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Pots spread color around

Garden Muse
by: L.E. BASKOW, Not just for small spaces, containers can bring bursts of color to a large garden, too.

To help me survive winter, give me hot chocolate, butternut squash soup and containers brimming over with beauty.

Glancing out my window on this rainy morning, 'Spider's Web' aralia is a happy sight. The big, hand-shaped leaves - edged and marbled with cream - look tropical, glowing against their black ceramic container. Nearby, orange New Zealand sedge spills out of a rustic brown pot, its silky foliage catching the winter light.

I like to fill a big container with just one dramatic plant, and enjoy each individual as a focal point. But designer Betsy Huber (betsysblooms.net), who specializes in container gardening, likes to create a more complex picture.

She begins with an anchor plant at the center of the pot. Typically, it's an evergreen shrub that looks gorgeous all year. Then she underplants it with perennials and annuals for seasonal interest.

Boxwood is one of Huber's favorite anchor plants.

'It looks good in all styles of plantings and containers. It's a workhorse - disease resistant, low maintenance and good in sun or shade,' she says.

'Green Tower' boxwood, with a slender, upright silhouette, grows about 6 feet tall and 2 feet wide. It's perfect for small spaces. You don't have to clip it, but Huber likes trimming the edges to keep it nice and green.

'It just depends on how manicured you want it,' she says.

Low and fan-shaped, 'Winter Gem' boxwood spreads up to 3 feet wide and will fill a container all by itself. If you want a cone-shaped boxwood, Huber suggests using Buxus sempervirens - it's easy to sculpt.

She also likes compact strawberry tree (Arbutus unedo 'Compacta') as an anchor plant, with white waxy flowers in late summer and ball-shaped fruit in winter that resemble strawberries. Another favorite is heavenly bamboo (Nandina domestica), which has the beauty of bamboo minus any of the headaches.

'It's got lots of movement - delicate, evergreen, bamboolike leaves,' she says. Red fall color and clusters of bright red berries hold into winter. Huber prefers 'Gulf Stream,' with blue-green summer foliage; 'Plum Passion,' with purple leaves; and 'Sienna Sunrise,' with red and golden tints.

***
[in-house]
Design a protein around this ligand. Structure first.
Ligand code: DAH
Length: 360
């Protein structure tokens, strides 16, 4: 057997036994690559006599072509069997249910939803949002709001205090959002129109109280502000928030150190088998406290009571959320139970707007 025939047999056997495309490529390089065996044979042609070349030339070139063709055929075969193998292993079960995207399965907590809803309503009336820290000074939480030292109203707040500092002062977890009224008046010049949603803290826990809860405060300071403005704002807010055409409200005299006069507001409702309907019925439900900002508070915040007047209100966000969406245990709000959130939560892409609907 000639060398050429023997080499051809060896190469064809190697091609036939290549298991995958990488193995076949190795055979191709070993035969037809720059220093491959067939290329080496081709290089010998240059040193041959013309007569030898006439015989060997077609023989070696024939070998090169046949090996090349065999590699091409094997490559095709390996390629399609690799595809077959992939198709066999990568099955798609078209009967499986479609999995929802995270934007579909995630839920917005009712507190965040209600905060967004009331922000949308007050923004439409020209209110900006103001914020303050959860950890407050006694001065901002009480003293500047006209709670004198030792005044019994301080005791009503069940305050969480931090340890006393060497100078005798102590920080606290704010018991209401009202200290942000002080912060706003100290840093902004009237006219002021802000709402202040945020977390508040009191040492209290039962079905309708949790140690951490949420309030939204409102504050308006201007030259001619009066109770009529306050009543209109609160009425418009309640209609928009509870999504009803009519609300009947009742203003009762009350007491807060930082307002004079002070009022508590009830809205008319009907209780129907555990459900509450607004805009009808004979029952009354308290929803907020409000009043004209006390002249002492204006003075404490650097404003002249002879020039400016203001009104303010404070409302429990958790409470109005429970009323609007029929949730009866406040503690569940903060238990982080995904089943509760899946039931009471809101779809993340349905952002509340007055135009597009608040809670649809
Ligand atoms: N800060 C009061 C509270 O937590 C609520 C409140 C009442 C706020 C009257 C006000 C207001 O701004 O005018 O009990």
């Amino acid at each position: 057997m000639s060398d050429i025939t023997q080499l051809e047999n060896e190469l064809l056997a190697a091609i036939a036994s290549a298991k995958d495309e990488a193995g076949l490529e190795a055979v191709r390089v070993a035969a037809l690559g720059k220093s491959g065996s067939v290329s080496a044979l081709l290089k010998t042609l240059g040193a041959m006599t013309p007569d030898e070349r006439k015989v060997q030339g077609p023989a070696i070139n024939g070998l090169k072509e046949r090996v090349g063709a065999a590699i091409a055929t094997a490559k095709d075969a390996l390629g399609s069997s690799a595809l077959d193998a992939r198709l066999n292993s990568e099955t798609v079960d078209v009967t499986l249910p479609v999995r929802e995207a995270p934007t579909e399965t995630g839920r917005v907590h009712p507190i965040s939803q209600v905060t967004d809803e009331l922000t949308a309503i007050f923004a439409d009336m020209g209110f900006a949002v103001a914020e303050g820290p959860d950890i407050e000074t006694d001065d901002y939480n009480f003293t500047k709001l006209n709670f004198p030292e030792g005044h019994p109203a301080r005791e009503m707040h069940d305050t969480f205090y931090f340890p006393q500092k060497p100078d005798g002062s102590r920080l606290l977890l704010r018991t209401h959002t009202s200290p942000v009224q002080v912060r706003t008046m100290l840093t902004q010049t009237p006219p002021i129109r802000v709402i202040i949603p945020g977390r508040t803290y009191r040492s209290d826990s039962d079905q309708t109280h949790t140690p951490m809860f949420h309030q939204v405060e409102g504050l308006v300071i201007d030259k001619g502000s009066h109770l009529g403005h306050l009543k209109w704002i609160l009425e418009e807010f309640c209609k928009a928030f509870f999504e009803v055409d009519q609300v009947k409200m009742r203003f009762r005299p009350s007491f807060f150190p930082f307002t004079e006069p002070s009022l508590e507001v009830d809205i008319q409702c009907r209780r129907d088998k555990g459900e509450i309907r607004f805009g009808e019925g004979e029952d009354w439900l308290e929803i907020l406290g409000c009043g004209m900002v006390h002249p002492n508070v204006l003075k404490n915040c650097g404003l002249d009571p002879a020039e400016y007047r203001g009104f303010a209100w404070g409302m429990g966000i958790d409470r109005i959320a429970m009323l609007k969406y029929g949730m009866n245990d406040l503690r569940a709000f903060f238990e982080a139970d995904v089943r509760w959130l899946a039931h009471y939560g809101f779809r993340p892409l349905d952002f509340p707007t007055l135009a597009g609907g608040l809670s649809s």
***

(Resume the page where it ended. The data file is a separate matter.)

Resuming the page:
Huber surrounds the central focal point with shorter annuals and perennials.

'For winter, the most reliable bloomers are winter pansies - it's wonderfully refreshing to have flowers that hold up well,' she says. In shade, she likes perennial Lenten roses (Helleborus x hybridus) with winter blooms in shades of pink, green, white, burgundy, near-black and even yellow.

Colorful leaves also look good in the middle layer of containers. The fine-textured foliage of 'Winter Chocolate' heather turn rich, reddish-brown in winter.

In contrast, the thick, satin leaves of 'Evening Glow' bergenia are like large ears.

'To make these dark tones pop, underplant them with the opposite colors, like chartreuse spike moss, golden 'Angelina' sedum or striped liriope,' Huber says. Or plant golden coral bells like 'Lime Rickey' or 'Citronelle' and contrast them with dark blood-red pansies.

Window boxes also are wonderful to dress up the winter garden. Because they're more exposed to cold and wind, it's vital to fill them with hardy, stable plants.

Huber puts gravel at the bottom for good drainage, then adds potting soil, then a layer of daffodil bulbs. Between the bulbs she plants winter pansies, heathers, liriopes and coral bells. Ivy makes a great finishing touch.

'I love the variegated ivy, especially with yellow variegation - it requires so little and is gorgeous draping over the edge,' she says.

No pot is completely safe from cracking in winter, but a deep container with thick walls and a glazed finish has a better chance of surviving extreme cold.

'When it's really chilly out, hold off on watering,' Huber says. Pots exposed to wind, and too heavy to move, can be protected with bubble wrap.

Make sure your container has drainage holes. If a pot is sitting in a bed, lift it up on pot feet, an inverted saucer or a big flat stone. Raising the pot prevents it from becoming water-logged by groundwater.

Use a high-quality, light soil mix with plenty of organic matter.

'Black Gold (www.sungro.com) and Pro-Gro mix (www.pro-gromixes.com) are my favorites,' Huber says.

And even though it rains in winter, she recommends watering containers every week to 10 days. The surface area of a pot is small, and pots dry out faster than beds.

www.barbarablossom.com